Best fuel to store.... coal?

Discussion in 'General Survival and Preparedness' started by Blackjack, Oct 2, 2006.

  1. Blackjack

    Blackjack Monkey+++

    I was wondering, what would it take to store coal for a long period of time? Just a dry spot? After all, it's not like a little age will hurt it, it's already a million years old. A steam engine generator and a pot belly stove and you'd be set for heat and electricity.

    What does coal cost these days anyway?

    Anyone have experience? Suggestions?
  2. ~kev~

    ~kev~ Monkey+++


    It would help if you would tell us what the "fuel" is going to be used for. My personal stock of fuel is kerosene for lanterns and a space heater along with wood for cooking on my bar-b-que pit. Keep in mind - let everything be dual purpose. Coal for a pot belly stove - what else? Can coal be used in a fire place, or used to cook with (besides a stove)?

    Wood - bar-b-que pit, pot belly stove, camp fire and fire place.

    Keresone - lanterns, hand cleaner, and space heaters.

    Coal - pot belly stove & ?? - I really do not know. Unless you had a home furnace that used coal??

    I do not use coal nor do I have any plans on using it nor do I have any plans or stockpiling it.
  3. Blackjack

    Blackjack Monkey+++

    .... I said a potbelly stove and a steam engine to run a generator. I figure since we used to run giant locomotive trains off coal, a little home generator would be a piece of cake.

    Sorry I should have excluded vehicle fuel in my original post... Although if you stuck to electric vehicles you could recharge with the above mentioned generator.

    maybe? I'm just guessin here :)
  4. ghrit

    ghrit Bad company Administrator Founding Member

    Coal will weather over time, and it sorta depends on the quality and source. If your potbelly is rated for coal, you are good to go.

    As far as a steam engine is concerned, you begin to deal with technology that is not yet (but nearly) forgotten. The problem will not be with the engine (most likely) but the boiler will drive you nuts. Not only do you need to watch the fire, you need to make sure the water you are feeding it is pretty good and clean, or you'll muck up the tubes. Then, the feed pump will want attention. Not saying it can't be done, it can; it's just some ups and downs that cannot be forgotten. The best use is probably in a tribal cluster setting rather than an individual or small group BO plan.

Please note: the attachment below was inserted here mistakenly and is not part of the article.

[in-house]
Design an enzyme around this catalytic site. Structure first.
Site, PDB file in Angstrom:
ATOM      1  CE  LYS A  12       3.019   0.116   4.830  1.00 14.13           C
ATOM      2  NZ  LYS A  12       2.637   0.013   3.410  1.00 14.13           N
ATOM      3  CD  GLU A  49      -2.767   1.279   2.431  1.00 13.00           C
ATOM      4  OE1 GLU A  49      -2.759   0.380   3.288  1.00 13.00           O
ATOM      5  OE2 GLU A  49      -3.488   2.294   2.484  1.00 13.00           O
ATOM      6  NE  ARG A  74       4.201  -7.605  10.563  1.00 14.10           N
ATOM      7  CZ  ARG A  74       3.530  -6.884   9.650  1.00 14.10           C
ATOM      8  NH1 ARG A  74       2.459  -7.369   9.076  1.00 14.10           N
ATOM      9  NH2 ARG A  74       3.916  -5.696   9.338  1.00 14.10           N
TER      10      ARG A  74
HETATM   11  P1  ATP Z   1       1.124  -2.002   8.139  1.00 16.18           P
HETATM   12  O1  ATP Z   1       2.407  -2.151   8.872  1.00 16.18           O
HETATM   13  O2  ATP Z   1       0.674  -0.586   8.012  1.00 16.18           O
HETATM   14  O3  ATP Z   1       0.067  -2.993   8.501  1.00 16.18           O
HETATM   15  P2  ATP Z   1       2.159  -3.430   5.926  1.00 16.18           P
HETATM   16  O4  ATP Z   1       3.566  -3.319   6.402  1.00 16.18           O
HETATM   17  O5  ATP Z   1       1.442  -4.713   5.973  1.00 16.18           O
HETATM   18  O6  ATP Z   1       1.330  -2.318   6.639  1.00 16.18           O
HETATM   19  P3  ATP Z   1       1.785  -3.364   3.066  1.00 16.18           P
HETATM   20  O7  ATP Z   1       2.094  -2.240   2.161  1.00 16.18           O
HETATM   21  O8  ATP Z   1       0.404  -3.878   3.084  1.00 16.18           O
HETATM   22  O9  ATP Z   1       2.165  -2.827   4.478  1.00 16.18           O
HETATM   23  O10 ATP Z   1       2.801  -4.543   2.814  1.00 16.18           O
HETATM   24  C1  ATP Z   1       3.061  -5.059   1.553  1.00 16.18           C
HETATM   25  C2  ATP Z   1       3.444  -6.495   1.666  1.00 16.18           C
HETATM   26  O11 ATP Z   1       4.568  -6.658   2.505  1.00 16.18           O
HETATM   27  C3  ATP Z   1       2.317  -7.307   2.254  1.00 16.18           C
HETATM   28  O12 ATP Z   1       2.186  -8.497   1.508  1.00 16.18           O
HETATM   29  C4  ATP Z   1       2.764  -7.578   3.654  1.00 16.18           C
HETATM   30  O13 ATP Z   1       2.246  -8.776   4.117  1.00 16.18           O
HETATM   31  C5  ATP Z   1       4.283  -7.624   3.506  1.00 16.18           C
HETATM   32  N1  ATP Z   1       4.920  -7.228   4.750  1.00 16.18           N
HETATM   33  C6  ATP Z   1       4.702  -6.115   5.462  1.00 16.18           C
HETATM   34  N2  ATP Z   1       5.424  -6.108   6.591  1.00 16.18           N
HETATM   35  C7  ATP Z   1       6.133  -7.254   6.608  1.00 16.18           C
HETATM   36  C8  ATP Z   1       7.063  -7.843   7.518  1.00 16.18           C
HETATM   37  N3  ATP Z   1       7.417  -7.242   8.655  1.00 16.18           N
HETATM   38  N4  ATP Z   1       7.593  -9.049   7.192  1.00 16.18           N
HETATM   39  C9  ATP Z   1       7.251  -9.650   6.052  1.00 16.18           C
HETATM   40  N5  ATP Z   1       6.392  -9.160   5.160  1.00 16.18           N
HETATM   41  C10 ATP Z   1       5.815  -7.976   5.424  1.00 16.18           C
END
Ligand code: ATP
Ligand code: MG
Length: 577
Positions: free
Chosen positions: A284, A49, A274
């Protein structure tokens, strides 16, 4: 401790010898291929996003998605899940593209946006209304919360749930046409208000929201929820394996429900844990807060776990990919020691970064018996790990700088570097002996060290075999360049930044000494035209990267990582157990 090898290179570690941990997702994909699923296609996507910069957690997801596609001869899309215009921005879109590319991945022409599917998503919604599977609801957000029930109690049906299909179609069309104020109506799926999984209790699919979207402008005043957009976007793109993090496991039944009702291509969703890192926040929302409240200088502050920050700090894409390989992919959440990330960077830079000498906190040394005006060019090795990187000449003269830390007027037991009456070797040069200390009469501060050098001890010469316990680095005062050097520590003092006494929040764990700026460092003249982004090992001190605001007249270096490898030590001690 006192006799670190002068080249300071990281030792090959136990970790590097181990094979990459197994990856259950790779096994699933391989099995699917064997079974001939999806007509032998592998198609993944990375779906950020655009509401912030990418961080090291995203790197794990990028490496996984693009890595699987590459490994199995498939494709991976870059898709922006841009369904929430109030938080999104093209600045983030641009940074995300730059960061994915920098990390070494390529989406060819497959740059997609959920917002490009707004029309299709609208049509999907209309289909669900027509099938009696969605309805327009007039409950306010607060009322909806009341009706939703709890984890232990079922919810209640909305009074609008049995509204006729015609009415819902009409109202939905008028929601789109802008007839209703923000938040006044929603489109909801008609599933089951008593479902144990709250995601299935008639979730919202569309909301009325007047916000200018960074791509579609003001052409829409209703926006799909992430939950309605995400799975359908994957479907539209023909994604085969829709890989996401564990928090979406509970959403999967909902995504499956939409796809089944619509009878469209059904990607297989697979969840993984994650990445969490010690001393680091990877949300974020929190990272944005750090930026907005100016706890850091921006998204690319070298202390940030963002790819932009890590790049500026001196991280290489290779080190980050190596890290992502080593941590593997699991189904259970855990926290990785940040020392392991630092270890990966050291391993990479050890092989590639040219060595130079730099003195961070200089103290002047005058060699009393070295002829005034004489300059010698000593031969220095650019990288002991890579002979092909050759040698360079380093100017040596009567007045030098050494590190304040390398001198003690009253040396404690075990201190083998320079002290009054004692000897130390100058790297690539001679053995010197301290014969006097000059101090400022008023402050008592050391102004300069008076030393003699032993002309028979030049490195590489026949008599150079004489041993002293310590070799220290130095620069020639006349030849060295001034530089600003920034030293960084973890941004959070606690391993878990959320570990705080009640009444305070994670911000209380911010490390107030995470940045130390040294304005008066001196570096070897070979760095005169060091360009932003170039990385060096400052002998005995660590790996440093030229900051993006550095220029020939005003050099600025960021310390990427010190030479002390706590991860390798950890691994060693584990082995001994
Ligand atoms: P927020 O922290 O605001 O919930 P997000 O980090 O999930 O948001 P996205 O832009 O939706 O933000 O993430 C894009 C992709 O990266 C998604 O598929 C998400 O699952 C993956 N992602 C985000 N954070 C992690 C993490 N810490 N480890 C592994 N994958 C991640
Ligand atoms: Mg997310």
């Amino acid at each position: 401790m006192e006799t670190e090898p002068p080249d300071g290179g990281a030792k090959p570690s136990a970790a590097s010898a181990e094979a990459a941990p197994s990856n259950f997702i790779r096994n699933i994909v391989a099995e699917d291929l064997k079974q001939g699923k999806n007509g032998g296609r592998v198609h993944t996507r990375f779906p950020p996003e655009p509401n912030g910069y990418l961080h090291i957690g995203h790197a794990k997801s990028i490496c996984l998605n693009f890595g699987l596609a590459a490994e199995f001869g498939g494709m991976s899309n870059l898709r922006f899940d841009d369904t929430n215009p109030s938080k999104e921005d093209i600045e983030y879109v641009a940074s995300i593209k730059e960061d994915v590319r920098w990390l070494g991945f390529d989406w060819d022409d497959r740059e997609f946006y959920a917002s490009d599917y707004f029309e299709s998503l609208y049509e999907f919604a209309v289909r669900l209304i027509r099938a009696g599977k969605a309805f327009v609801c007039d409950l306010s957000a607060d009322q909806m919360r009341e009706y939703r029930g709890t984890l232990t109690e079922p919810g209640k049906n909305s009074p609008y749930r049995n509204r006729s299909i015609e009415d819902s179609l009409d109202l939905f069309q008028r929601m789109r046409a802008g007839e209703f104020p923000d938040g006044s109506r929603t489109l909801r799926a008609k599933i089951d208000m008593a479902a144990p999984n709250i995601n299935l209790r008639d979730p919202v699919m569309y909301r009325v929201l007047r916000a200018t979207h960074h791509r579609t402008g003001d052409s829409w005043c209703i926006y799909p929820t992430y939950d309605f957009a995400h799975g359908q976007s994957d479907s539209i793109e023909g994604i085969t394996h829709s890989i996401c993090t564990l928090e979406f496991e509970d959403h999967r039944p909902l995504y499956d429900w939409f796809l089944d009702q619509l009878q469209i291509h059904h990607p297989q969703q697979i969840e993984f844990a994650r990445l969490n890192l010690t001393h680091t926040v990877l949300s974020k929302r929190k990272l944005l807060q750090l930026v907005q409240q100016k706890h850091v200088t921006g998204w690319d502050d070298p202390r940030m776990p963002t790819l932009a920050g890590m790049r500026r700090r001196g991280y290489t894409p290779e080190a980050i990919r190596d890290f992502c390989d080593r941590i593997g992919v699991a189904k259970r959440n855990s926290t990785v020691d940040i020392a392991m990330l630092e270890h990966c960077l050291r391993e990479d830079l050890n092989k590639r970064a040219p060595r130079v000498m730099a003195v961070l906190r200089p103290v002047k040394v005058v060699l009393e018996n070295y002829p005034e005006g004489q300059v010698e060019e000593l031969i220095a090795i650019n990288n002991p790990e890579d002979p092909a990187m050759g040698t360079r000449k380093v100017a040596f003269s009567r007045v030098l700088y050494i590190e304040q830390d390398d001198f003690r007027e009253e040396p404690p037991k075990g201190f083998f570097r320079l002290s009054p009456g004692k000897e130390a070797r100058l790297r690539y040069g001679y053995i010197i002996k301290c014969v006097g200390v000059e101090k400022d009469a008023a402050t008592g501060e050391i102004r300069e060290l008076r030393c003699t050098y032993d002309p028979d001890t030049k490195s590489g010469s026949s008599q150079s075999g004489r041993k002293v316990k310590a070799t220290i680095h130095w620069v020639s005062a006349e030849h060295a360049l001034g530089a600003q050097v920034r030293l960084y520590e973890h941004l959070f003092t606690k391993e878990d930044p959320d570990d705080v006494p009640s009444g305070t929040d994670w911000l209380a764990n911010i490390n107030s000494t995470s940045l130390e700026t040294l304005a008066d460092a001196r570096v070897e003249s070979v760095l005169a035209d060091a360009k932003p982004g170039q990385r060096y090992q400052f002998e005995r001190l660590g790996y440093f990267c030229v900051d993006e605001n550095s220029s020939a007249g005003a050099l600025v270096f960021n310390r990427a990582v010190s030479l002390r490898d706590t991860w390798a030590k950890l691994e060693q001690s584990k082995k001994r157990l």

Think about smoke, too. Dead givaway to your location, if that is of any particular interest.
  5. Quigley_Sharps

    Quigley_Sharps The Badministrator Administrator Founding Member

    Alcohol fuel will be a good one, clean burning, and can be made very easy.
  6. Blackjack

    Blackjack Monkey+++

    Well ghrit, since you illuminated the downsides of the steam engine, I guess it's not such a good idea. It does sound a bit too labor and attention intensive.

    I guess you could run a stirling engine off coal, but I don't know much about them either.

    Prolly best to stick with more modern/common fuels.
  7. ghrit

    ghrit Bad company Administrator Founding Member

    You could probably run a small stirling engine off your potbellied stove somehow. But I haven't ever seen one big enough to generate significant power. Those I have seen are palm of the hand sized demo units, not much more than toys. Neat concept.
  8. ghostrider

    ghostrider Resident Poltergeist Founding Member

    Might not work for you, but it would for other people, store a chainsaw and gas. Plant some oak trees, the smaller round wood burns great, doesn't need splitting.
  9. Blackjack

    Blackjack Monkey+++

    Got more trees than I know what to do with, but the shelf life on the gas is only what, 3-4 years?
  10. monkeyman

    monkeyman Monkey+++ Moderator Emeritus Founding Member

    The steam engine theng Can be done but as mentione it DEMANDS attention. I have talked with folks who do it as a hobby and one of the sayings that is common is 'theres a stick of dynamite in every pint of water', basicly every pint (or less) of water, once turned to steam has at least as much energy as a stick of dynamite and it is being heated in a large sealed metal container. If there is a problem you have a big bomb going off with lots of shrapnel. That said it is a relatively simple (concept wise) type of engine and works well if properly run.

    As far as the coal another important use would be if you set up a forge and learn to do some blacksmithing then you could become VERY popular and valuable (pronounced protected as a comodity) to your comunity in a EOTWAWKI situation by being able to make the needed tools from scrap metal. Coal forges do work VERY well, its how I learned to smith and made some of my best knives that way.
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